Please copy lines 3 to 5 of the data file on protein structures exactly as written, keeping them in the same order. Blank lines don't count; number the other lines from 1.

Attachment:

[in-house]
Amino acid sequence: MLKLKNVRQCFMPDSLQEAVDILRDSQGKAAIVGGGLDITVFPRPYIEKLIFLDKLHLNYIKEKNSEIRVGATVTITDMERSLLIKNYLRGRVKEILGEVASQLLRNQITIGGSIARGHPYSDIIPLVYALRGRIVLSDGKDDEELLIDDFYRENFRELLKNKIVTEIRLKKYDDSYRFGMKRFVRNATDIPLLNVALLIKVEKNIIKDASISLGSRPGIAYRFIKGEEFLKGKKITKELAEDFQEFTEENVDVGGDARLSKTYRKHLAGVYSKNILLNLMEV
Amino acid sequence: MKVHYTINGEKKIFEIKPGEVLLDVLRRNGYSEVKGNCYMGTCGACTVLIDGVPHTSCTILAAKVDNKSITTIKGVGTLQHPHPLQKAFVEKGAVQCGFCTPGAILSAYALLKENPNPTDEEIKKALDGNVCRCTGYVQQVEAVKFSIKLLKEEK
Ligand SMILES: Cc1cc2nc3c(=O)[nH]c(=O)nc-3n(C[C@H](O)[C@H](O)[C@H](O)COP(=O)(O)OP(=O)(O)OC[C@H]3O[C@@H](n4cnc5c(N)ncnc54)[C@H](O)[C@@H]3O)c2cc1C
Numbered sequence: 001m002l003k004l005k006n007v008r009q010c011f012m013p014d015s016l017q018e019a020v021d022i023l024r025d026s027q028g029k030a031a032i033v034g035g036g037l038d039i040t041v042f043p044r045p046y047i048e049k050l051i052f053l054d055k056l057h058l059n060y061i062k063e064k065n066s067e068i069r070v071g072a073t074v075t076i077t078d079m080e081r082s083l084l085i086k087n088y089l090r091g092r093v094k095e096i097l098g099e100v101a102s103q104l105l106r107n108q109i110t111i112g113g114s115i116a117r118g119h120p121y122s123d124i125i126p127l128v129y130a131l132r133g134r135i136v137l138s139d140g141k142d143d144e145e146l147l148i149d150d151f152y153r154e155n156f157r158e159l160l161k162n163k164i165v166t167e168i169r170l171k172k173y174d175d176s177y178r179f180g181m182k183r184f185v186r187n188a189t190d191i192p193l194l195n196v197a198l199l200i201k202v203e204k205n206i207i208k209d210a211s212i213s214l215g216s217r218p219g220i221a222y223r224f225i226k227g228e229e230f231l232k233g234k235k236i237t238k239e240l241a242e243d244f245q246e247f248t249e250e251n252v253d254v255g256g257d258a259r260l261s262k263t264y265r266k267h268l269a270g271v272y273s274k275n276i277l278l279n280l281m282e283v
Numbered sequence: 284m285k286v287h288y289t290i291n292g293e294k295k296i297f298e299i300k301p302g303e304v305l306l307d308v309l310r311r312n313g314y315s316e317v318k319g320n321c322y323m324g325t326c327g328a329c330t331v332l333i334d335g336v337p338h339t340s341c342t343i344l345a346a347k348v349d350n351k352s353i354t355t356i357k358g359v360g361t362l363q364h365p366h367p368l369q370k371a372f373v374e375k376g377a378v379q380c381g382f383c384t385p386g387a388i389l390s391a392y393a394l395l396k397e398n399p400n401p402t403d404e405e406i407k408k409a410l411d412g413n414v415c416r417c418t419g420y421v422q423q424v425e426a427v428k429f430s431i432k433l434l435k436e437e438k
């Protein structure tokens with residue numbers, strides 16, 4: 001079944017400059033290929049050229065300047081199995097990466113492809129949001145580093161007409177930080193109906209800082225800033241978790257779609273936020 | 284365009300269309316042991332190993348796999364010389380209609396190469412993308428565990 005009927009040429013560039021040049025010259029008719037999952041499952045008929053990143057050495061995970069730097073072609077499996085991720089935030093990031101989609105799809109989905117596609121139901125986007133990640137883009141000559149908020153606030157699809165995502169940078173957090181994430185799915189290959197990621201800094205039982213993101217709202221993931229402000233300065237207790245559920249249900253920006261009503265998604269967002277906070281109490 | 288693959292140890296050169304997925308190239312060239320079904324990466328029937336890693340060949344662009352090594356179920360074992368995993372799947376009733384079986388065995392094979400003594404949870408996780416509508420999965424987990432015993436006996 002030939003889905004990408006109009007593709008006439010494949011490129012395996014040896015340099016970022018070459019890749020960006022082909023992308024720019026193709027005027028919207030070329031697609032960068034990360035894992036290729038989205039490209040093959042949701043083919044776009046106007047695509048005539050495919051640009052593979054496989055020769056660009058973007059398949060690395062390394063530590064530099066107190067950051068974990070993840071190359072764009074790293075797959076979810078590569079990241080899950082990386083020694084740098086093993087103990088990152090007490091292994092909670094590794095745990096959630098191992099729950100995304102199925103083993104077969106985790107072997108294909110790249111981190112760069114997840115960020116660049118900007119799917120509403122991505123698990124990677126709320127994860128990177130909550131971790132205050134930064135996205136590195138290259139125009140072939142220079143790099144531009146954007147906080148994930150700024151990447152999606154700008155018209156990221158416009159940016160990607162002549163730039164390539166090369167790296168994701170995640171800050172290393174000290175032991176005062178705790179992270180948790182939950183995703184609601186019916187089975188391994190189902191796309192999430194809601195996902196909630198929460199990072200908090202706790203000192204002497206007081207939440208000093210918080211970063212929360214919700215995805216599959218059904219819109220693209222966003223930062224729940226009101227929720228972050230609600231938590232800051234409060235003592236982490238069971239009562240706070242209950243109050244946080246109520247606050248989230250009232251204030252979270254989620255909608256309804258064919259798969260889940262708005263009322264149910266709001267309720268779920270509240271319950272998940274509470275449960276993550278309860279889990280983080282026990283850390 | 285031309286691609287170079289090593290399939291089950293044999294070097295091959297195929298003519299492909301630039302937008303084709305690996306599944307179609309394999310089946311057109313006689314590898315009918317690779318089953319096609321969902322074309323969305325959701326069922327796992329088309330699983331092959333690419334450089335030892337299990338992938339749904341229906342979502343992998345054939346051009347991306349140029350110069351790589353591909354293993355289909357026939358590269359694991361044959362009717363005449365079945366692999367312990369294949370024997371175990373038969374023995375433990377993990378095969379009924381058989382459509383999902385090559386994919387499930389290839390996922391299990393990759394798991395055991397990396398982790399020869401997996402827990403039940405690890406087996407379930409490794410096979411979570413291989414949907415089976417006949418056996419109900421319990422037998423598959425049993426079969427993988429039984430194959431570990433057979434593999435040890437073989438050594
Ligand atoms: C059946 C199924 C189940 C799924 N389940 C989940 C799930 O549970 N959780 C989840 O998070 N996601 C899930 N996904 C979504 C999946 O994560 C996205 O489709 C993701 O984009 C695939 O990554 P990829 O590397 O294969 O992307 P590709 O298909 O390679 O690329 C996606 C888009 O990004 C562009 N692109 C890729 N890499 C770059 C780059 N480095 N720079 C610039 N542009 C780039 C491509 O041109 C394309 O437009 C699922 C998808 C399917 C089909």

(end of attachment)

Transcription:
Amino acid sequence: MKVHYTINGEKKIFEIKPGEVLLDVLRRNGYSEVKGNCYMGTCGACTVLIDGVPHTSCTILAAKVDNKSITTIKGVGTLQHPHPLQKAFVEKGAVQCGFCTPGAILSAYALLKENPNPTDEEIKKALDGNVCRCTGYVQQVEAVKFSIKLLKEEK
Ligand SMILES: Cc1cc2nc3c(=O)[nH]c(=O)nc-3n(C[C@H](O)[C@H](O)[C@H](O)COP(=O)(O)OP(=O)(O)OC[C@H]3O[C@@H](n4cnc5c(N)ncnc54)[C@H](O)[C@@H]3O)c2cc1C
Numbered sequence: 001m002l003k004l005k006n007v008r009q010c011f012m013p014d015s016l017q018e019a020v021d022i023l024r025d026s027q028g029k030a031a032i033v034g035g036g037l038d039i040t041v042f043p044r045p046y047i048e049k050l051i052f053l054d055k056l057h058l059n060y061i062k063e064k065n066s067e068i069r070v071g072a073t074v075t076i077t078d079m080e081r082s083l084l085i086k087n088y089l090r091g092r093v094k095e096i097l098g099e100v101a102s103q104l105l106r107n108q109i110t111i112g113g114s115i116a117r118g119h120p121y122s123d124i125i126p127l128v129y130a131l132r133g134r135i136v137l138s139d140g141k142d143d144e145e146l147l148i149d150d151f152y153r154e155n156f157r158e159l160l161k162n163k164i165v166t167e168i169r170l171k172k173y174d175d176s177y178r179f180g181m182k183r184f185v186r187n188a189t190d191i192p193l194l195n196v197a198l199l200i201k202v203e204k205n206i207i208k209d210a211s212i213s214l215g216s217r218p219g220i221a222y223r224f225i226k227g228e229e230f231l232k233g234k235k236i237t238k239e240l241a242e243d244f245q246e247f248t249e250e251n252v253d254v255g256g257d258a259r260l261s262k263t264y265r266k267h268l269a270g271v272y273s274k275n276i277l278l279n280l281m282e283v